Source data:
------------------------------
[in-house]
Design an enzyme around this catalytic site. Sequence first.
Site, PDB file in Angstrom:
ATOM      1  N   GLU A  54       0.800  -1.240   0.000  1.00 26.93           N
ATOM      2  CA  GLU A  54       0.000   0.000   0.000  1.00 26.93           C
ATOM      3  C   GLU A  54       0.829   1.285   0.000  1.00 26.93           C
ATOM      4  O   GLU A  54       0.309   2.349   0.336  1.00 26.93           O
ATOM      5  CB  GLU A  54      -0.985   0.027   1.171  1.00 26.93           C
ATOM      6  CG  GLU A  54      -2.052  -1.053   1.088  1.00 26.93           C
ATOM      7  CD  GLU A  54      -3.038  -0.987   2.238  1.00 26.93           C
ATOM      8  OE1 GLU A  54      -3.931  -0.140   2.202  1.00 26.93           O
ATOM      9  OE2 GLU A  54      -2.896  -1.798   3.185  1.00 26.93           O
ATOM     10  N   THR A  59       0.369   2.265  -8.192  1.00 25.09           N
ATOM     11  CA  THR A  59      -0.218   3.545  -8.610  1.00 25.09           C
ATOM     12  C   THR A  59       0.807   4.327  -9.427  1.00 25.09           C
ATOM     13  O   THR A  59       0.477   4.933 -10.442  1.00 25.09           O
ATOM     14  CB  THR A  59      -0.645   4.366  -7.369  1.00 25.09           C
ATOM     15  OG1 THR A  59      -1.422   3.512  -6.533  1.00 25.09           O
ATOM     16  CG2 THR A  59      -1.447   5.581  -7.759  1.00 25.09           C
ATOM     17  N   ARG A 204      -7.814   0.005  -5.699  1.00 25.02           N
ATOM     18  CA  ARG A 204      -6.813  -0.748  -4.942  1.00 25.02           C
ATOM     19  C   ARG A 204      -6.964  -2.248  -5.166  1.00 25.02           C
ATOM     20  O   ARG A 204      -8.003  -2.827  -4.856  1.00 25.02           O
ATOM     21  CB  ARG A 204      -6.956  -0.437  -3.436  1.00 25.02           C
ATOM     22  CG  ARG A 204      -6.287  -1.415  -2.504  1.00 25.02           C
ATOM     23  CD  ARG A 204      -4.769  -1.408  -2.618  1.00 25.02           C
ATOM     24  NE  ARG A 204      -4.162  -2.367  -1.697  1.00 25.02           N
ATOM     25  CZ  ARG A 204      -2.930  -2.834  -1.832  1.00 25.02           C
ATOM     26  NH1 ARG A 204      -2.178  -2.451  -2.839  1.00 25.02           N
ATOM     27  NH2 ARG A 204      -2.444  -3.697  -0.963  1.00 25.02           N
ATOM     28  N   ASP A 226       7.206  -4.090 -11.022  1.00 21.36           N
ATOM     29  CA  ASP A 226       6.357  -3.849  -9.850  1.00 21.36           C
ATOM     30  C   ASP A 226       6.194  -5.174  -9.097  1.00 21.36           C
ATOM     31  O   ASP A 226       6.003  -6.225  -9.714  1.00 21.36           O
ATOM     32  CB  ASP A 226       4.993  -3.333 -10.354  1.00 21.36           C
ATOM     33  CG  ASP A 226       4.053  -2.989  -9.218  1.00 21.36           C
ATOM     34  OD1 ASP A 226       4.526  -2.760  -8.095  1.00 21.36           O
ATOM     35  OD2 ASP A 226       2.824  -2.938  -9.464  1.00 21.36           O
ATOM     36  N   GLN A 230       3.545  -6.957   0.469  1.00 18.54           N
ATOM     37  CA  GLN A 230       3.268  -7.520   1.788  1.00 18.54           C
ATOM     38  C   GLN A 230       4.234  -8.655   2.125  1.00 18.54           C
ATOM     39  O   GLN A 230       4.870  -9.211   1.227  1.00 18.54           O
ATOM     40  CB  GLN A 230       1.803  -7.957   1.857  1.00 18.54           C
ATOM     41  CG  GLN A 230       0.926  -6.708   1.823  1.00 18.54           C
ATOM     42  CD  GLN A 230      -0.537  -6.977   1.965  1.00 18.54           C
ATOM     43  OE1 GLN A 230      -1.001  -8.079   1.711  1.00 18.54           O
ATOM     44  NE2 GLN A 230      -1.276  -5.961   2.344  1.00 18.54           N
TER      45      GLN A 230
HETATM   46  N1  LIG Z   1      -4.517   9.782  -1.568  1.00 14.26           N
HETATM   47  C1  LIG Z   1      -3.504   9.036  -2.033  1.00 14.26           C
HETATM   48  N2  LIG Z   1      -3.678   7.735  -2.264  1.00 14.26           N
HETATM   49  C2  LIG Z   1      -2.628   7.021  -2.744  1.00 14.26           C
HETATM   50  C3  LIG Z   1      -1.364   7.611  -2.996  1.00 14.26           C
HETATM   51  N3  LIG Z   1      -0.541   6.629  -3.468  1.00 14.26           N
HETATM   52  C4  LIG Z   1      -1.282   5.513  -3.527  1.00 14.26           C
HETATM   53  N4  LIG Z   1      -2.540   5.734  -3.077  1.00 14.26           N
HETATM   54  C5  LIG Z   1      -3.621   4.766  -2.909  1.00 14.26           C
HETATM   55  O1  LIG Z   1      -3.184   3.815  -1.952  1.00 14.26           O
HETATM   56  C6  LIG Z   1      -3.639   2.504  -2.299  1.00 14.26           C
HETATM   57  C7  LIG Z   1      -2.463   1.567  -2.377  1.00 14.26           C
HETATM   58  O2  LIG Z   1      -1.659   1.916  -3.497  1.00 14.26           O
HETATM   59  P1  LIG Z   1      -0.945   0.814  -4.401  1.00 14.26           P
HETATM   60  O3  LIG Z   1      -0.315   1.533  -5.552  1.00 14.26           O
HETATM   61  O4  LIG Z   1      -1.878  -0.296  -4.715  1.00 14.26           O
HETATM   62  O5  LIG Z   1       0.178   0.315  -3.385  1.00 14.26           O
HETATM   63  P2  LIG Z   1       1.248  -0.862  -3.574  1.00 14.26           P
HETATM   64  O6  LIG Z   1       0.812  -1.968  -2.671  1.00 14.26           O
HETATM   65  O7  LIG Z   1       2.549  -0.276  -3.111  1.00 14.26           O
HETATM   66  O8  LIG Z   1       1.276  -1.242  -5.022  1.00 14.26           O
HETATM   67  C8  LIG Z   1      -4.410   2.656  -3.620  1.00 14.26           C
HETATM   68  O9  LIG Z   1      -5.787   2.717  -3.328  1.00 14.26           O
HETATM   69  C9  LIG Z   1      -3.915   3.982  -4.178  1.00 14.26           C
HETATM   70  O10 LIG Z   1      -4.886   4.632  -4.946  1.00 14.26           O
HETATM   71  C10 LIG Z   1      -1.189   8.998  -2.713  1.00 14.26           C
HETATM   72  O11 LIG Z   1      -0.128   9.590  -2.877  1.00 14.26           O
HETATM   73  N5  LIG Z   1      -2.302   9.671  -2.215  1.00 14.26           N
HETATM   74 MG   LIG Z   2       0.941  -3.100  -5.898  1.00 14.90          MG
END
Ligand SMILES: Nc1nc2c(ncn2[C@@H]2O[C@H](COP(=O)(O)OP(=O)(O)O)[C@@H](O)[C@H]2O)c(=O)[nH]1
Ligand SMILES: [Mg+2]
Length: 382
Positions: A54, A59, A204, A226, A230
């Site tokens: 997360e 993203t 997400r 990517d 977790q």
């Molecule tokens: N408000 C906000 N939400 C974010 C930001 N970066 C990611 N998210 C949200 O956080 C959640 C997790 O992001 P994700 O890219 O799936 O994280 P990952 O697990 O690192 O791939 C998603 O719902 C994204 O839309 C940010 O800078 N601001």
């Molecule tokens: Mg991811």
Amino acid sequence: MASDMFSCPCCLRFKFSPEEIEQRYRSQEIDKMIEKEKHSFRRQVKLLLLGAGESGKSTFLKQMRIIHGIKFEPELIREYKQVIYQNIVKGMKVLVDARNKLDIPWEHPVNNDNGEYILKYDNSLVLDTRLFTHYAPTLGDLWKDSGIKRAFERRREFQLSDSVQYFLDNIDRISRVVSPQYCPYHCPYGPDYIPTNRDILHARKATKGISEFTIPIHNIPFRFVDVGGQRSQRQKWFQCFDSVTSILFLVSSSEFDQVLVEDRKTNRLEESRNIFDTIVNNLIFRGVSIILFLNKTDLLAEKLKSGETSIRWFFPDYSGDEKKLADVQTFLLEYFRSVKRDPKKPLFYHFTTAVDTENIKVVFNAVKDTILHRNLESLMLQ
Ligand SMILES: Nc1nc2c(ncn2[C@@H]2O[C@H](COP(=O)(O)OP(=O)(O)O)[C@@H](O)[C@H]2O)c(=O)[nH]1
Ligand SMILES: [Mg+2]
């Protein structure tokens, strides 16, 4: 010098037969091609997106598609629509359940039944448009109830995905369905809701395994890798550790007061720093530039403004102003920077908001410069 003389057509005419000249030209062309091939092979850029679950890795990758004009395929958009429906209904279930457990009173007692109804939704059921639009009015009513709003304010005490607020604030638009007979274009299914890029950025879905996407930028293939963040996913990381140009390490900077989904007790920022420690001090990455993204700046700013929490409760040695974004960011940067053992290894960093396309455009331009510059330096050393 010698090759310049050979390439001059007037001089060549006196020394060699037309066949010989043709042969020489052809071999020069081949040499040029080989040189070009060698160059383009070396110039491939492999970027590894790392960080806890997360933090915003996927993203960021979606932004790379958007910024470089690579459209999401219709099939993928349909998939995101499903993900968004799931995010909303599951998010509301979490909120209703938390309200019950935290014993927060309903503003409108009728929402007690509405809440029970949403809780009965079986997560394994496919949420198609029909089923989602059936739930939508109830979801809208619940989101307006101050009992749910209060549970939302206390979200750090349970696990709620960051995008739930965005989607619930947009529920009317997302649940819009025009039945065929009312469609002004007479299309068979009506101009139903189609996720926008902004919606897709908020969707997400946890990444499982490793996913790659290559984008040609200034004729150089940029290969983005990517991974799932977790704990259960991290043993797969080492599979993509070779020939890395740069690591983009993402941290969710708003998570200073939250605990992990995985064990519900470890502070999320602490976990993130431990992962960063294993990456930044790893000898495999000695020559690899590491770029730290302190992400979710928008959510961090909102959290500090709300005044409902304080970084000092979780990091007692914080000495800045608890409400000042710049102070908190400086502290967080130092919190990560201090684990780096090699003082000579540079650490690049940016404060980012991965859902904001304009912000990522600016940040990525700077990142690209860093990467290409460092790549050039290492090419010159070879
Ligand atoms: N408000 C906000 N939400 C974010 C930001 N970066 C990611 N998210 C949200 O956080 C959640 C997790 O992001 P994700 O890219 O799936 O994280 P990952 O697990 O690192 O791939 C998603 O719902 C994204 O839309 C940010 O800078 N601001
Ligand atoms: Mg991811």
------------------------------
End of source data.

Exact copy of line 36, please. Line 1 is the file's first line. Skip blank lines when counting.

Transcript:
ATOM     33  CG  ASP A 226       4.053  -2.989  -9.218  1.00 21.36           C